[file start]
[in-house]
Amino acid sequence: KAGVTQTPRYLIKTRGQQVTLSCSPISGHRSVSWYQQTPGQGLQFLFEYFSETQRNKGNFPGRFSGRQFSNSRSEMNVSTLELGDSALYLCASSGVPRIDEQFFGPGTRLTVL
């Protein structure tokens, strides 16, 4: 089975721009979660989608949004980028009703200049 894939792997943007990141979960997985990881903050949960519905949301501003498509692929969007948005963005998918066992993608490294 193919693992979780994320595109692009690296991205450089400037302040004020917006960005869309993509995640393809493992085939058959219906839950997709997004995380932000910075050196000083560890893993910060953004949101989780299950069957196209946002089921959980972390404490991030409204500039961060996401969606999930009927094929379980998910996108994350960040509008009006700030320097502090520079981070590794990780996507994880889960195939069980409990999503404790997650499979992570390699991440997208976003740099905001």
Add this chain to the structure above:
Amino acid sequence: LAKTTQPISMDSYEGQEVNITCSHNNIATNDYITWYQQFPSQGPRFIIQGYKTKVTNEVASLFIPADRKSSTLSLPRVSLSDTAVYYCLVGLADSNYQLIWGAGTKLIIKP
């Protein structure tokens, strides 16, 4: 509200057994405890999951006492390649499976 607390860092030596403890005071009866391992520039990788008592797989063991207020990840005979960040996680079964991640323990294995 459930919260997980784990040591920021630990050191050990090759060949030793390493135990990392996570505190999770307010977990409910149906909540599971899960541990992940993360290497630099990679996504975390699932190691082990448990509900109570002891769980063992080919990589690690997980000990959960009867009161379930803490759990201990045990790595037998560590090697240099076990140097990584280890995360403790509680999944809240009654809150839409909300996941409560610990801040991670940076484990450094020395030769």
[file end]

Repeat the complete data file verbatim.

[in-house]
Amino acid sequence: KAGVTQTPRYLIKTRGQQVTLSCSPISGHRSVSWYQQTPGQGLQFLFEYFSETQRNKGNFPGRFSGRQFSNSRSEMNVSTLELGDSALYLCASSGVPRIDEQFFGPGTRLTVL
């Protein structure tokens, strides 16, 4: 089975721009979660989608949004980028009703200049 894939792997943007990141979960997985990881903050949960519905949301501003498509692929969007948005963005998918066992993608490294 193919693992979780994320595109692009690296991205450089400037302040004020917006960005869309993509995640393809493992085939058959219906839950997709997004995380932000910075050196000083560890893993910060953004949101989780299950069957196209946002089921959980972390404490991030409204500039961060996401969606999930009927094929379980998910996108994350960040509008009006700030320097502090520079981070590794990780996507994880889960195939069980409990999503404790997650499979992570390699991440997208976003740099905001």
Add this chain to the structure above:
Amino acid sequence: LAKTTQPISMDSYEGQEVNITCSHNNIATNDYITWYQQFPSQGPRFIIQGYKTKVTNEVASLFIPADRKSSTLSLPRVSLSDTAVYYCLVGLADSNYQLIWGAGTKLIIKP
């Protein structure tokens, strides 16, 4: 509200057994405890999951006492390649499976 607390860092030596403890005071009866391992520039990788008592797989063991207020990840005979960040996680079964991640323990294995 459930919260997980784990040591920021630990050191050990090759060949030793390493135990990392996570505190999770307010977990409910149906909540599971899960541990992940993360290497630099990679996504975390699932190691082990448990509900109570002891769980063992080919990589690690997980000990959960009867009161379930803490759990201990045990790595037998560590090697240099076990140097990584280890995360403790509680999944809240009654809150839409909300996941409560610990801040991670940076484990450094020395030769």